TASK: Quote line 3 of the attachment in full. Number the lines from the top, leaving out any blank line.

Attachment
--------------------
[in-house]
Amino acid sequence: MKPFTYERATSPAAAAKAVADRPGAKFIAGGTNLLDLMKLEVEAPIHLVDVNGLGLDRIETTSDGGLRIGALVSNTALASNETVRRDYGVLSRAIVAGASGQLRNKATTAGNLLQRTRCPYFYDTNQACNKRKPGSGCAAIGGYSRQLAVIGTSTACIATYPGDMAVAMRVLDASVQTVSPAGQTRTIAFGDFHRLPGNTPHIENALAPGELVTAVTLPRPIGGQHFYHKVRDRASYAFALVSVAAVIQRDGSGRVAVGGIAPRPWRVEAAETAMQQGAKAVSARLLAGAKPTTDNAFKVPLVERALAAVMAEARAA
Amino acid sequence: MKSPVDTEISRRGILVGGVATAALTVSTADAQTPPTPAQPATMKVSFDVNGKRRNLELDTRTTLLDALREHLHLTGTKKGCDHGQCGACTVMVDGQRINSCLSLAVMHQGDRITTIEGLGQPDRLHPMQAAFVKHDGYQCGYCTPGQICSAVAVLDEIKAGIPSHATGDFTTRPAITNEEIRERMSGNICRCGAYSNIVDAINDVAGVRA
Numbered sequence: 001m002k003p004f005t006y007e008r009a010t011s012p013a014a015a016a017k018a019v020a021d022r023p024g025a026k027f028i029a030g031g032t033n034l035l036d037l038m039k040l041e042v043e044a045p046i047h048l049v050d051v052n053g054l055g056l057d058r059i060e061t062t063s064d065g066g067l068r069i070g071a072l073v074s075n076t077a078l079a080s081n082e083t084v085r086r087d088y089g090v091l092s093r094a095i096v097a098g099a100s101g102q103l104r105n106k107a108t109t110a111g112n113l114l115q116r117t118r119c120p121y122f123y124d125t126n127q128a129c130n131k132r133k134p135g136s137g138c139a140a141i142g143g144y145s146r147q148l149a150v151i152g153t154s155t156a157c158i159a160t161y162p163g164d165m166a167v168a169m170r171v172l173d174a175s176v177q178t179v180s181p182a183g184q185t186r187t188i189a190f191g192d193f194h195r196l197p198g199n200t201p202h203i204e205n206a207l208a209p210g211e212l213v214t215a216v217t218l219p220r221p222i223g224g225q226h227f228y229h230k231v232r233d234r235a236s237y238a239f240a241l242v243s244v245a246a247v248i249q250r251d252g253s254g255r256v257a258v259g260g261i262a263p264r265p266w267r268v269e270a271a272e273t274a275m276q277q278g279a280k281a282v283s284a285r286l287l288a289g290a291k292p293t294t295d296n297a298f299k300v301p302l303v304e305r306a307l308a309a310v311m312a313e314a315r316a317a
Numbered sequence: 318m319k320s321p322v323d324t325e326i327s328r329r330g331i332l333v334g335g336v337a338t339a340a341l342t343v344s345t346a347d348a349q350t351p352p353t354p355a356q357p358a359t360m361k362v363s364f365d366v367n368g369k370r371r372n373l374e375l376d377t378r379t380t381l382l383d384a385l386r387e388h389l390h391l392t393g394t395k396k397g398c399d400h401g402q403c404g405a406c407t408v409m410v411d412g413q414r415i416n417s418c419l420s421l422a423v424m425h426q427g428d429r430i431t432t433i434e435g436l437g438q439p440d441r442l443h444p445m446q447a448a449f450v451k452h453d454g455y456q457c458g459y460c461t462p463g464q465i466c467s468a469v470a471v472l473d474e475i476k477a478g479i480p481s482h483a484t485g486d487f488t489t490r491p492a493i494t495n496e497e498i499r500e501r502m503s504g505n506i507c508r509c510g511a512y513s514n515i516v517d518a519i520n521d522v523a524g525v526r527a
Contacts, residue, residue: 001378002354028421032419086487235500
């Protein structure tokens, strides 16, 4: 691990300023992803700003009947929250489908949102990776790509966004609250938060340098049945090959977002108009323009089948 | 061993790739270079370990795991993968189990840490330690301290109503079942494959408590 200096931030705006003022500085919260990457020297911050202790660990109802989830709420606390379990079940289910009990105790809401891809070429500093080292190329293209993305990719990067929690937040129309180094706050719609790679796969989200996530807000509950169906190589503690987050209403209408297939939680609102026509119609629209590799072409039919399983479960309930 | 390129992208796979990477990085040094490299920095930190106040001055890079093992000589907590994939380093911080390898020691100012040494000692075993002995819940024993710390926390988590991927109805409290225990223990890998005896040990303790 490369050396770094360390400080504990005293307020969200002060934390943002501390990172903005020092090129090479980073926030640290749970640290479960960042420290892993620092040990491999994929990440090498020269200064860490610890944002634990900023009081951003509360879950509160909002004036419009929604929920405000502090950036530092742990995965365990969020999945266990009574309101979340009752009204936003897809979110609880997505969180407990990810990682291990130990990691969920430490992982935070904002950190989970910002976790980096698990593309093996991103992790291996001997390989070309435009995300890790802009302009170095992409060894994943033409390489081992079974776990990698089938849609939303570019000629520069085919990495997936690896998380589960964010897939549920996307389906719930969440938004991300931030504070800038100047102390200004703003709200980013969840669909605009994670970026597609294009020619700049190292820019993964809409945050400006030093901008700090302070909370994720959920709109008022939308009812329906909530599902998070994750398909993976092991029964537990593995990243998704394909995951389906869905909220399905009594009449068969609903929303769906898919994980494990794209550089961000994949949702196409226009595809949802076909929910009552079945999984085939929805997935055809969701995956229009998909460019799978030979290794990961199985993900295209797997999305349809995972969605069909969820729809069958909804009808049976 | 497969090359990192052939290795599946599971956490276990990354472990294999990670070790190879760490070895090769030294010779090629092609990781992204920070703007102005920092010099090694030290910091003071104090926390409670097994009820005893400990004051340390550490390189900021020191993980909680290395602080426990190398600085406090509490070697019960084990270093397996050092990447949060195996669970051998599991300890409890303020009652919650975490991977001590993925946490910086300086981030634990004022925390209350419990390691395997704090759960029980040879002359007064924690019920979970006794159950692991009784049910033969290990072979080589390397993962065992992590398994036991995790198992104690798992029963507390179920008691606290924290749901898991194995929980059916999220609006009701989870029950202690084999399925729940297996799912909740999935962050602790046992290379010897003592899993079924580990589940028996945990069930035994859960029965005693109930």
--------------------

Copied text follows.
Amino acid sequence: MKSPVDTEISRRGILVGGVATAALTVSTADAQTPPTPAQPATMKVSFDVNGKRRNLELDTRTTLLDALREHLHLTGTKKGCDHGQCGACTVMVDGQRINSCLSLAVMHQGDRITTIEGLGQPDRLHPMQAAFVKHDGYQCGYCTPGQICSAVAVLDEIKAGIPSHATGDFTTRPAITNEEIRERMSGNICRCGAYSNIVDAINDVAGVRA